The filming crew truly captures the reality of the times in so many ways. I recommend this film for ages 10 through 18 and older. Children under 10 would not have learned about this subject yet, but when you’re 10 you already start learning about the racism in their country in social studies. I give this movie 5 out of 5 stars because it was better than my expectations. It has a good storyline and a good setting and, most importantly, the titles really catches the meaning of the film. This film is in theaters now so be sure to check it out.

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Indignation, directed by James Schamus

Review written by Karim Malak.

In the movie Indignation, an adaptation of Philip Roth’s work, the viewer gets a taste of how a Jewish atheist student, Marcus (Logan Lerman) struggles to attend weekly sermons at a prestigious boarding school. Despite doing all he can to avoid being a Jew, Marcus plays a richly written role of a young school boy who is moved by philosophy, music and the arts. Yet despite such qualifications he is reduced by his school master – Dean Caudwell (Tracy Letts) to sheer inferiority, showing American Anti-Jewish attitudes which are written out of history. With classic anti-Jewish tropes emerging in the film, the movie centers around young ‘Marcie’s’ life where he falls in love with the beautiful Olivia Hutton (Sarah Gadon). As both explore their bodies together, word gets round and Olivia is shamed. While Marcus is taken aback by Olivia performing fellatio on him, he tells his roommates who begin to shun him and shame him. Word gets round fast.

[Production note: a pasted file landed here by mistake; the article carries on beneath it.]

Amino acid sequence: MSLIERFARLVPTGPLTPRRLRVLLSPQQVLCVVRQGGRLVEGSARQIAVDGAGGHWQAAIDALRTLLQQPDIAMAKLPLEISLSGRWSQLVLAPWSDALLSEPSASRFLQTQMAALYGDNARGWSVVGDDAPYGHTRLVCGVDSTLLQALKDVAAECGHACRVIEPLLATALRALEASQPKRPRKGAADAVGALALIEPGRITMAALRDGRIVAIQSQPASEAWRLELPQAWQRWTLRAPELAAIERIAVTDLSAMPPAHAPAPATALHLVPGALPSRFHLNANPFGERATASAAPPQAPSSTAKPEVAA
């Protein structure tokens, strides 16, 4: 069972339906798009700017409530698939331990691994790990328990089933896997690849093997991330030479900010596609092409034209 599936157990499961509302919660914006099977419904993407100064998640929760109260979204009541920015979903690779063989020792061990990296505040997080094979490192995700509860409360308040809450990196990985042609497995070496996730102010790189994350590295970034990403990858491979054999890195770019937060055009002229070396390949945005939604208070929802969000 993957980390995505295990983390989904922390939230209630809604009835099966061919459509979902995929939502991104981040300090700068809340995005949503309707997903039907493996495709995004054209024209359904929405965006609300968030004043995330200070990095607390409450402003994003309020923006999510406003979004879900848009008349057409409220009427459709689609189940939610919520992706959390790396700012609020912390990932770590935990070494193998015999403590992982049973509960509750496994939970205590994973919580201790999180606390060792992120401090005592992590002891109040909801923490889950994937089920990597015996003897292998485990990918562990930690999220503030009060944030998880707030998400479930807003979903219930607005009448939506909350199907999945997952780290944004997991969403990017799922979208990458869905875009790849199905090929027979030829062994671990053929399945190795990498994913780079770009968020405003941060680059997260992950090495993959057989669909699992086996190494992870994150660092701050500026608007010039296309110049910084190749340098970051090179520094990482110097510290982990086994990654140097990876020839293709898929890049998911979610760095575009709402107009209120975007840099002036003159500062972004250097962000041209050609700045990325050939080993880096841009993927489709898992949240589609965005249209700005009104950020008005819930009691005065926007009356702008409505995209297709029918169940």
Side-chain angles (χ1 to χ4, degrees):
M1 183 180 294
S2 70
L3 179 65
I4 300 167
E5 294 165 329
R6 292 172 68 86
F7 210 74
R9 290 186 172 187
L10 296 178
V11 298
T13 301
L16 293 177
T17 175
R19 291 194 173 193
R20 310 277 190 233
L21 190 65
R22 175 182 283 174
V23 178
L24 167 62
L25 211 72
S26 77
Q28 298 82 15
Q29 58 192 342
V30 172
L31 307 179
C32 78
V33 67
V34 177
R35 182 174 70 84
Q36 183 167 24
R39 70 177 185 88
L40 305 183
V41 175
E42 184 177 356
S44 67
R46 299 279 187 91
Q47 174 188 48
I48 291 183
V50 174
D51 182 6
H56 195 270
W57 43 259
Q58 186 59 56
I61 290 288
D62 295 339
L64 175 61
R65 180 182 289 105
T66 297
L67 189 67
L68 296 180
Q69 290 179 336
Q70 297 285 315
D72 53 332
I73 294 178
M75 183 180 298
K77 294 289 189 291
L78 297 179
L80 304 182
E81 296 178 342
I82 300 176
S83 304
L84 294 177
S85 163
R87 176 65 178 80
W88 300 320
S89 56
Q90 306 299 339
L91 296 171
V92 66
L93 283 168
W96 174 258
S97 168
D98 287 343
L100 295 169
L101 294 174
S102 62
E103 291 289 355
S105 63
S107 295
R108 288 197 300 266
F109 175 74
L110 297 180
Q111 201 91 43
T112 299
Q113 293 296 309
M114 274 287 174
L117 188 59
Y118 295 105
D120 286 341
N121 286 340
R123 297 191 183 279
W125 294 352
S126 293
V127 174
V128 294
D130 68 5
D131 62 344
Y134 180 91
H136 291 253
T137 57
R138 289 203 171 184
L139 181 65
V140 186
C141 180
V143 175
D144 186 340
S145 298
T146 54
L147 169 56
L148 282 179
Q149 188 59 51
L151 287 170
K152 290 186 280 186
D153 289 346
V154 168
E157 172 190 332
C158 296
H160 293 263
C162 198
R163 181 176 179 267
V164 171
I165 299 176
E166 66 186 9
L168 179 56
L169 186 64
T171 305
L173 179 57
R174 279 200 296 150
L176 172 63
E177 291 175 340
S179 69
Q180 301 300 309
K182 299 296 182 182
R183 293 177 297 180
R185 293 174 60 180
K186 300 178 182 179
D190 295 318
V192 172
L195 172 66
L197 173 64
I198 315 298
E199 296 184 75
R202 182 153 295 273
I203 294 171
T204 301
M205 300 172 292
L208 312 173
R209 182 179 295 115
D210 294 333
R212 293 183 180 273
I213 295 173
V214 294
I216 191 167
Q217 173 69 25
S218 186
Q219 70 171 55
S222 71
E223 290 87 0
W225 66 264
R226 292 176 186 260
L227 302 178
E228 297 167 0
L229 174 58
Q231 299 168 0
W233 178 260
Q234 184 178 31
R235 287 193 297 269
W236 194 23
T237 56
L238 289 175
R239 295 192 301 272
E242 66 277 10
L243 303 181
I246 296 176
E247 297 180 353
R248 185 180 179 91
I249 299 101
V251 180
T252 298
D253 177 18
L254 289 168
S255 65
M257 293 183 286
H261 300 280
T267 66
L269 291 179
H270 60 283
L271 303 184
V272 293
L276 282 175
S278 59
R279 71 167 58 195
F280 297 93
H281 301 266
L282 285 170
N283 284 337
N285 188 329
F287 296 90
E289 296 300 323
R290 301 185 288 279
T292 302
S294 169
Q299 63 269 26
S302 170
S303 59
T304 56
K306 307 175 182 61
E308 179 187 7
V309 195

Dean Caudwell uses the opportunity to remind Marcus of Olivia’s past attempted suicide and that she was in an asylum. This is interesting in bringing together how WWII-era ideas about the mental ward were used not only to police women’s bodies – making their sexuality seem like a disease that needed to be controlled – but that it was an ungodly disease that spread first to non-Christians such as Jewish Marcie, who for all his proclamations of being an atheist is not allowed to be one. In fact, Marcus refuses to join the Jewish Fraternity, something that seems to be beyond the head of the fraternity to understand. Yet when Marcus gets sick while arguing with Dean Caudwell, and faints because of his appendix, he wakes up in the hospital only to find the Jewish Fraternity taking care of him. For someone who tries to escape his religion so much, it cannot escape him.